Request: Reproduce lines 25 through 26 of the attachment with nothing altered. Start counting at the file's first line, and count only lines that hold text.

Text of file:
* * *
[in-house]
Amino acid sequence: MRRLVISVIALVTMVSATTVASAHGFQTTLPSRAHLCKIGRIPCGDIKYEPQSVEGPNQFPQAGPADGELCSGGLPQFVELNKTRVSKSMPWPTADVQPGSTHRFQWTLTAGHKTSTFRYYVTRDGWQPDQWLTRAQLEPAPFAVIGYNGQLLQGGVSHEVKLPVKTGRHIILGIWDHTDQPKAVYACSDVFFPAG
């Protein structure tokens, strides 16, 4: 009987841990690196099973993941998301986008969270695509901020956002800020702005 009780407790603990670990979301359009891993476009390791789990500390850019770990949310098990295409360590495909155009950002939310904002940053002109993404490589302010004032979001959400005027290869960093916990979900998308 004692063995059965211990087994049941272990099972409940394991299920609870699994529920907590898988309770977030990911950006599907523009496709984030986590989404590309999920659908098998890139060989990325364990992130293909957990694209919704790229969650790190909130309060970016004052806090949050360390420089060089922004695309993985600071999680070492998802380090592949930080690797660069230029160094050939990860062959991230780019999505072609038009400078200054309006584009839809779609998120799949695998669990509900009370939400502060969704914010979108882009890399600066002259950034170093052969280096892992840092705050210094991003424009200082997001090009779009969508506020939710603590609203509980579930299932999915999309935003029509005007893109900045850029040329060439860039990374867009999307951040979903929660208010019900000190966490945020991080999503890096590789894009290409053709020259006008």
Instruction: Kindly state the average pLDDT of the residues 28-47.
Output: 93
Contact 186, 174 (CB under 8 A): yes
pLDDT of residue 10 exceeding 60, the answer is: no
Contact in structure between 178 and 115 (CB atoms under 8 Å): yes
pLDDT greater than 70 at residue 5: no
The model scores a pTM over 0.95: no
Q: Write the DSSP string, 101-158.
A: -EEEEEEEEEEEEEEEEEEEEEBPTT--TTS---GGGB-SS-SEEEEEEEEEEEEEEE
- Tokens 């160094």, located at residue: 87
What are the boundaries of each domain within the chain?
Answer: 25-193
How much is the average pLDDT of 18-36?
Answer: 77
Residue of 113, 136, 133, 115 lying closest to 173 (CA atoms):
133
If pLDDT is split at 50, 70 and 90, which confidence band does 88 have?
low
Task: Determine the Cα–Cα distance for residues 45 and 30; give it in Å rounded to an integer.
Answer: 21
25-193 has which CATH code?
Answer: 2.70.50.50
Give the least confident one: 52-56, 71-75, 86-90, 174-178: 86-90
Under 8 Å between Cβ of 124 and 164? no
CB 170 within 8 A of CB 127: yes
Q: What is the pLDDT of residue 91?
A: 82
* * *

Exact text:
Answer: 2.70.50.50
Give the least confident one: 52-56, 71-75, 86-90, 174-178: 86-90